Germany’s fear is that excluding Russia from SWIFT will backfire and encourage Russia and China to develop a rival network. They also fear such a move would cause considerable economic harm to European companies that trade with Russia. Russia is the European Union’s fifth largest trading partner, and European assets in Russia are valued at about $350 billion.
U.S. officials, who have raised the possibility of excluding Russia from SWIFT, maintain that no sanction options are off the table.
As Western allies continue to debate about what military supplies they should be sending to Ukraine and what sanctions to implement, anxiety is mounting in Baltic nations about Russia’s planned military drills with its ally Belarus.
Russian troops and military hardware, including S-400 surface-to-air missiles, have been arriving in Belarus in the past week. The drills pose a direct threat, according to Lithuanian Defense Minister Arvydas Anušauskas.
“In the current situation, we see the entry of the Russian military into Belarus not only as a destabilizing factor in the security situation but also as a more direct threat to Lithuania,” Anušauskas said in a Facebook post.
“I will shortly be meeting the ambassadors of nine NATO countries that are actively contributing to strengthening Lithuania’s security,” he said.
Державний секретар закликав владу продовжувати реформи і «відкласти свої відмінності »
Українські військові запевняють, що контролюють ситуацію
Якщо Росія відновить свою агресію, США надасть додаткову допомогу, переконує державний секретар США Ентоні Блінкен
U.S. news outlets said Wednesday that the Biden administration will distribute 400 million high-quality face masks free of charge to the American people beginning next week.
A White House official, speaking anonymously, said the N95 masks will be shipped to thousands of local pharmacies and community health centers across the United States beginning later this week, with three masks available per adult. The program will be fully operational by early February.
The N95 masks are part of the 750 million masks housed in the federal government’s Strategic National Stockpile, which stores critical medicines and medical supplies for use during a public health emergency. The U.S. Centers for Disease Control and Prevention recently advised that N95 masks, which are designed to fit tightly on a person’s face, “offer the highest level of protection” against COVID-19, compared to other face masks.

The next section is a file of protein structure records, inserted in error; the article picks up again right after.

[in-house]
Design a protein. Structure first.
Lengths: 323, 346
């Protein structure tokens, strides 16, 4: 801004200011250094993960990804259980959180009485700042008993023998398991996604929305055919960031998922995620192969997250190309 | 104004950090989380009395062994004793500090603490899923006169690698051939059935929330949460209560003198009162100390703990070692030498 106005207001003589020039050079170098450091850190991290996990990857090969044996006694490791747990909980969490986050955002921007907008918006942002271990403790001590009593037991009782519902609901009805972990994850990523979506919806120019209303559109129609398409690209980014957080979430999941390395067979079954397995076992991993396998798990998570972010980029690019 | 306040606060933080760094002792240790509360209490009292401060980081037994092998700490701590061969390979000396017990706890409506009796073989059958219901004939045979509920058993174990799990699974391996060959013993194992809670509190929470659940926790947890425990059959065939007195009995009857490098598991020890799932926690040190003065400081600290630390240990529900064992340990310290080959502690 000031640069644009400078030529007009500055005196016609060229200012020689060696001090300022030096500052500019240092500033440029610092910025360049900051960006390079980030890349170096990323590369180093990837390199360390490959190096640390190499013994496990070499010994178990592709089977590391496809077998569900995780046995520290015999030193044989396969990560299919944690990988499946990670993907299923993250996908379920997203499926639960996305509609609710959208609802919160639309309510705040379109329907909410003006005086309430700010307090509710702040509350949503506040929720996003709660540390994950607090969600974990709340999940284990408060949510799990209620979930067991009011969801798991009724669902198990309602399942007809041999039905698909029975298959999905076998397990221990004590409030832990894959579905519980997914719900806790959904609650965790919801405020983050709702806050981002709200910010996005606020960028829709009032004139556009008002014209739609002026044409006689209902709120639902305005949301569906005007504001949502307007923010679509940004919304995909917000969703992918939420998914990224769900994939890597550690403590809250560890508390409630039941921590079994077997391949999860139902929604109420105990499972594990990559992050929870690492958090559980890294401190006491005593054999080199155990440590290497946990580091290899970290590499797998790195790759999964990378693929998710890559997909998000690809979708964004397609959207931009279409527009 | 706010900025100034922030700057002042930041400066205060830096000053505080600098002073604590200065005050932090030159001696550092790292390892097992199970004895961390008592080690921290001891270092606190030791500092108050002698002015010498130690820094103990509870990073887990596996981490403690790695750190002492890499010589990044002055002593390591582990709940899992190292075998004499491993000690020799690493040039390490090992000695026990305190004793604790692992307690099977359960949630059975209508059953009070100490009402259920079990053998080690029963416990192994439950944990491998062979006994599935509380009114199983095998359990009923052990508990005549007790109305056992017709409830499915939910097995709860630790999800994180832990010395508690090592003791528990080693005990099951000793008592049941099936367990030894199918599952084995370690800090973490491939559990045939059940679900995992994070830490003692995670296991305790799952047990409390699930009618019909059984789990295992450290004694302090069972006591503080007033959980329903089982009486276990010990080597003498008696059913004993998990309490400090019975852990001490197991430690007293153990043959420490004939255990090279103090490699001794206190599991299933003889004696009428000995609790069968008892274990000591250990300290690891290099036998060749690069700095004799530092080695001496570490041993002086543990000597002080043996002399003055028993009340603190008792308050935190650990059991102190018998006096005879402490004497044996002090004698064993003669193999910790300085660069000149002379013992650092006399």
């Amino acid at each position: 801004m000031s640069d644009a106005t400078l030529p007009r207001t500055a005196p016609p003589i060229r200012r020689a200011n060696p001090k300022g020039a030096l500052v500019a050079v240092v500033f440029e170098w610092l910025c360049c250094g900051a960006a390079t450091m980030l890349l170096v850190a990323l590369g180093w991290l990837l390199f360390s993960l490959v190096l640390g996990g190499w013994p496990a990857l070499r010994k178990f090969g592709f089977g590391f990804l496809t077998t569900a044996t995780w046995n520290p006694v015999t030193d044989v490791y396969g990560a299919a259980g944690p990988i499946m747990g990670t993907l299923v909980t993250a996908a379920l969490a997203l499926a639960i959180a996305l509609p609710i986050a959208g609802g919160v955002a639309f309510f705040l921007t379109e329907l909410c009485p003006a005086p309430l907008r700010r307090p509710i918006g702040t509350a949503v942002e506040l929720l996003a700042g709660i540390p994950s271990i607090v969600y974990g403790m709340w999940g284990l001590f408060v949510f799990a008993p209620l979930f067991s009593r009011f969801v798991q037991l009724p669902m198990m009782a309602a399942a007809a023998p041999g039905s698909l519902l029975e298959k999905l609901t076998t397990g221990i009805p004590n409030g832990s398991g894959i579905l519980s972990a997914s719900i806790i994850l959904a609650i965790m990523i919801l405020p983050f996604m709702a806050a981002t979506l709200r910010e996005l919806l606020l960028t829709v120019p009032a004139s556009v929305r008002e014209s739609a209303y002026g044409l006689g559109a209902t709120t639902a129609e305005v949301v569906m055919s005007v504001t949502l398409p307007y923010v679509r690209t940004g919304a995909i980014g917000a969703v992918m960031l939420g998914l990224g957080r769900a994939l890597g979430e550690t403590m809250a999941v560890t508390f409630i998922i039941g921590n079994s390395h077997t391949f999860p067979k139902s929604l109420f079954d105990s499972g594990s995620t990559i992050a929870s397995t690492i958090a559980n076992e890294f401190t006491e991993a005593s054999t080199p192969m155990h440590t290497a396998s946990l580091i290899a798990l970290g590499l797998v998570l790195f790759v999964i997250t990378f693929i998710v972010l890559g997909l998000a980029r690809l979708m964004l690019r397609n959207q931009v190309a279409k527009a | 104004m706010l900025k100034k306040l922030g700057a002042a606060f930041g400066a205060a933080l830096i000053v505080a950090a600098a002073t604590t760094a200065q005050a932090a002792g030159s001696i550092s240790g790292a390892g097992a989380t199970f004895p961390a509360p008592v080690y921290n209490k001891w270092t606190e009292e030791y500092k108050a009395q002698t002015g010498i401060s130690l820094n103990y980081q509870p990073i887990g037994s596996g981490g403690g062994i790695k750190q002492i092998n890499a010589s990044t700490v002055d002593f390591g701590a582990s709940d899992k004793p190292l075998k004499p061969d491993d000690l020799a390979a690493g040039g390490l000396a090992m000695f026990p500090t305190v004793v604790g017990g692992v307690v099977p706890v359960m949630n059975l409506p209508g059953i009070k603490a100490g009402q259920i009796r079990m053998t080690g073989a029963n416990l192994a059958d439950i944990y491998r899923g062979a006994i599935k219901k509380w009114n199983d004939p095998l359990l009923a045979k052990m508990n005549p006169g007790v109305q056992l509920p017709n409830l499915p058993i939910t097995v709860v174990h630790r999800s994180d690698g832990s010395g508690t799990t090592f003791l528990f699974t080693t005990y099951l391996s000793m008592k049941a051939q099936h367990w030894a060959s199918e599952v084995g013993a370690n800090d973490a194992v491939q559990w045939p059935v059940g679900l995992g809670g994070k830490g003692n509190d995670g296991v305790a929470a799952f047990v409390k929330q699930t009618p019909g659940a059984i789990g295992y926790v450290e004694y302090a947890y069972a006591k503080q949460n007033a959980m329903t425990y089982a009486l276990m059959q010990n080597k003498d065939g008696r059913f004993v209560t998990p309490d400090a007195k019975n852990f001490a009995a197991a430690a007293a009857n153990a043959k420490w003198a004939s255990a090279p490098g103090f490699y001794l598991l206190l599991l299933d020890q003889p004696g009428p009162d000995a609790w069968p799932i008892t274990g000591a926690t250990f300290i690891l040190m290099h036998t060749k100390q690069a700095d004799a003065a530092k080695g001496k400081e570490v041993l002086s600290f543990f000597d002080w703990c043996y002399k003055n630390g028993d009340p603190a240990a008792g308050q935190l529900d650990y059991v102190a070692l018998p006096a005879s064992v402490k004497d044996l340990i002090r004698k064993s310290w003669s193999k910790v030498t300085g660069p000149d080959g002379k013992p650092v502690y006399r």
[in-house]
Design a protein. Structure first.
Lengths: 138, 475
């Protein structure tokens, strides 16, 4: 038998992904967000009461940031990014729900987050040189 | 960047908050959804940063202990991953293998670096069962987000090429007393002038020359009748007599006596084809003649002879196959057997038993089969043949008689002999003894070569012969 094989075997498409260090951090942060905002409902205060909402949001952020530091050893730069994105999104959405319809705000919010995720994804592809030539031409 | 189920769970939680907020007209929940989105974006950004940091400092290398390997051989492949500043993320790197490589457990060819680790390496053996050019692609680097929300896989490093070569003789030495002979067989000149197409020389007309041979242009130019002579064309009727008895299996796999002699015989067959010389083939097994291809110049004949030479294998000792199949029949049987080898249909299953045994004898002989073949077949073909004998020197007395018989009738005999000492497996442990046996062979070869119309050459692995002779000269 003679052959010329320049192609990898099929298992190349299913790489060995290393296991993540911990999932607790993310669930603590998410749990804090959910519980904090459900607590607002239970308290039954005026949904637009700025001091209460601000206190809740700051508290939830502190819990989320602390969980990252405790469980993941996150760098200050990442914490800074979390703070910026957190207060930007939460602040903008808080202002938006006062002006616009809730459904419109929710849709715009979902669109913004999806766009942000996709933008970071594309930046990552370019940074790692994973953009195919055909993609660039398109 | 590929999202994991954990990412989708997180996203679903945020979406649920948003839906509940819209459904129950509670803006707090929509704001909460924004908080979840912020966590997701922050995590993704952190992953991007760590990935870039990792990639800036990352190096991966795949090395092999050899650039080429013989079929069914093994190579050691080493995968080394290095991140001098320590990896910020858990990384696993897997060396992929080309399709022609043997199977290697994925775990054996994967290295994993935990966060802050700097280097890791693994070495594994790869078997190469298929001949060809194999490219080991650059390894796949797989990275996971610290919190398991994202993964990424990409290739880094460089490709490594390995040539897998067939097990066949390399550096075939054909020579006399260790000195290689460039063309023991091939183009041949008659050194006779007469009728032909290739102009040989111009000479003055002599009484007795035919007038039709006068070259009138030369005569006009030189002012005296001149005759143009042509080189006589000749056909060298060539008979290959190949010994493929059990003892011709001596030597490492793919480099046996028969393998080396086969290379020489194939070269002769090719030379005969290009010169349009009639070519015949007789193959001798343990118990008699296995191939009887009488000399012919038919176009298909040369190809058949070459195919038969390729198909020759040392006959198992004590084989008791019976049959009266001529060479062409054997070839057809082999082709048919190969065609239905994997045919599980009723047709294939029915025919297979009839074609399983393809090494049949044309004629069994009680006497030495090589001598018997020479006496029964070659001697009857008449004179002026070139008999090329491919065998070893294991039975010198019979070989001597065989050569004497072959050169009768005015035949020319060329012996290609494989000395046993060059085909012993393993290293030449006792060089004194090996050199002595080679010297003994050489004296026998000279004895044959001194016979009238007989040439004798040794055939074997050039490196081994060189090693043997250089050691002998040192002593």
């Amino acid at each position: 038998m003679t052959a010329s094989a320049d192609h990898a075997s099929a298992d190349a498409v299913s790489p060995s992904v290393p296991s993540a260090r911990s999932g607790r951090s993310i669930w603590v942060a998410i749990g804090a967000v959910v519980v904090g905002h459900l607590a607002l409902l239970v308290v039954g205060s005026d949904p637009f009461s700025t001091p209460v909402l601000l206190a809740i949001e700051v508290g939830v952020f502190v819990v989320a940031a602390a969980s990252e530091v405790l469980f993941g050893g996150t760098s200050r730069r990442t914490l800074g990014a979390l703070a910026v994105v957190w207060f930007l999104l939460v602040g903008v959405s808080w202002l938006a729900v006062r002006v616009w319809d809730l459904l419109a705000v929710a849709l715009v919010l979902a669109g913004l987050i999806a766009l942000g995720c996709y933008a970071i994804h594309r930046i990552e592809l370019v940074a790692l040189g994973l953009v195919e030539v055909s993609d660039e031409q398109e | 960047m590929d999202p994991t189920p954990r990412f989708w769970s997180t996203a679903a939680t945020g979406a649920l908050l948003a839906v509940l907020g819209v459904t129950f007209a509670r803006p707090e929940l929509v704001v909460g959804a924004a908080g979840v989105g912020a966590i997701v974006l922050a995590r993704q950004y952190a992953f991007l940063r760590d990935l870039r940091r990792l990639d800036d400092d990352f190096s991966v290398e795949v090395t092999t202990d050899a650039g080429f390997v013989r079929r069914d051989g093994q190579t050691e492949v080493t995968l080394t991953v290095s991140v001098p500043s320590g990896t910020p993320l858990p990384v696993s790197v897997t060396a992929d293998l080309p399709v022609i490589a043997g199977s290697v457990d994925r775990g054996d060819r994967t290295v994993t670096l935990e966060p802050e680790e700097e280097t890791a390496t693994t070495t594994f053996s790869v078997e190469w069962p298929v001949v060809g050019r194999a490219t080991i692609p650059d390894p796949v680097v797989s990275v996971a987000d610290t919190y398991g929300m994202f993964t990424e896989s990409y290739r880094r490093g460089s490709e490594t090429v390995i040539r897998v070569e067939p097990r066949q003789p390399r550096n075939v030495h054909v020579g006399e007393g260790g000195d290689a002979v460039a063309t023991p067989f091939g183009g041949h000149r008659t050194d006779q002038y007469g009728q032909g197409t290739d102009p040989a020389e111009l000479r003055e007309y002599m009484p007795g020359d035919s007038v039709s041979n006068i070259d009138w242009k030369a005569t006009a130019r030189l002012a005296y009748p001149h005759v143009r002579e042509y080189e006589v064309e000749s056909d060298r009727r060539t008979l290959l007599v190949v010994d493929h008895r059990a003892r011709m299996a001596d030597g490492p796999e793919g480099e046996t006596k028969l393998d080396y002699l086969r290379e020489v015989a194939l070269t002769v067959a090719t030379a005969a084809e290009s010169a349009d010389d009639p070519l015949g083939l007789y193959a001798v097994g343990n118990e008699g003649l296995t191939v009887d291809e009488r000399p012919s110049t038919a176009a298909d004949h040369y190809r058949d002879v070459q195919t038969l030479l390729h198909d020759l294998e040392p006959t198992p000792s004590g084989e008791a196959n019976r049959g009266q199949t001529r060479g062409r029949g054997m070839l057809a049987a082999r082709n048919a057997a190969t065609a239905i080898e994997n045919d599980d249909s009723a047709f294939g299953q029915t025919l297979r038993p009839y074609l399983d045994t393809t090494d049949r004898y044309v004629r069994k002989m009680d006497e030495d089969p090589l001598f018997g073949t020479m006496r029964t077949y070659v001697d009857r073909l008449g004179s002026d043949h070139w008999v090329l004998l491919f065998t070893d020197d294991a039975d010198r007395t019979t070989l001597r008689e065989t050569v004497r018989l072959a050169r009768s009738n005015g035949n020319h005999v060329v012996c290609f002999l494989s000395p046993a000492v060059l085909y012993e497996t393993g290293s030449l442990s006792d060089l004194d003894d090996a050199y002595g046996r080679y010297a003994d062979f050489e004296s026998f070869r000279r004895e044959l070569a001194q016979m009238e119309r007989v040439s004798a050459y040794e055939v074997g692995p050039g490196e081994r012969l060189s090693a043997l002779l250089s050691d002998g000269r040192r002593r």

The officials say the distribution of the N95 masks will be the largest deployment of personal protective equipment in U.S. history.
Announcement of the free N95 face masks comes on the same day as the official debut of the federal government’s new website that allows Americans to request free rapid coronavirus test kits. Millions of households began placing orders for the test kits Tuesday during a soft launch of Covidtests.gov. The website allows each household to order a maximum of four tests after clicking on a link that connects to a U.S. Postal Service form.
Some occupants of apartments and other multi-unit dwellings, however, complained on social media that the website’s address verification tool was enforcing the four-per-person household, only allowing one family per building to request the tests.
The two programs are part of an aggressive new effort by the Biden administration to combat a surge of new COVID-19 infections largely driven by the highly contagious omicron variant of the coronavirus.
A high-ranking official with the World Health Organization says the world could turn the corner on the COVID-19 pandemic this year through a more equitable distribution of vaccines and treatments.
Dr. Michael Ryan, the director of WHO’s health emergencies program, told the World Economic Forum Tuesday that COVID-19 may never be eradicated, but stressed the current public health emergency could finally come to an end if more vaccines finally reach the world’s poorest countries.
The U.N. health agency has repeatedly criticized the world’s richest countries for building up huge stockpiles of COVID-19 vaccines and using them to administer booster shots to its citizens, while poorer nations have barely received even a first dose of a vaccine.
More than 334,469,000 people around the globe have been sickened since COVID-19 was first detected in Wuhan, China in late 2019, according to figures compiled by the Johns Hopkins Coronavirus Resource Center. The center reports more than 5.5. million deaths globally.
Germany announced Wednesday that it had recorded 112,323 new COVID-19 cases, the country’s highest-ever daily figure and the first time it had broken the 100,000 mark for a single day. The Robert Koch Institute, Germany’s disease control and prevention agency, said 70 percent of the new cases were driven by the highly-contagious omicron variant. The surge of new infections has prompted the government of new Chancellor Olaf Scholz to consider imposing mandatory vaccinations.
Tokyo and 12 other Japanese prefectures will be placed under new COVID-19 restrictions effective Friday as Japan struggles with an omicron-driven surge. Prime Minister Fumio Kishida told reporters Wednesday in the Japanese capital the new decree will allow local governors to limit the operating hours of bars and restaurants and ban the sale of alcohol. The restrictions will remain in effect until February 13.
Some information for this report came from the Associated Press, Reuters, Agence France-Presse.
As of January 1, a U.S. trade program that allows African countries to export many items duty-free to the American market delisted Mali because of what the U.S. cited as “unconstitutional” developments in the country. But artisans in Mali’s capital say they’re the ones paying for the bad actions of the country’s leaders. Moctar Barry reports for VOA from Bamako.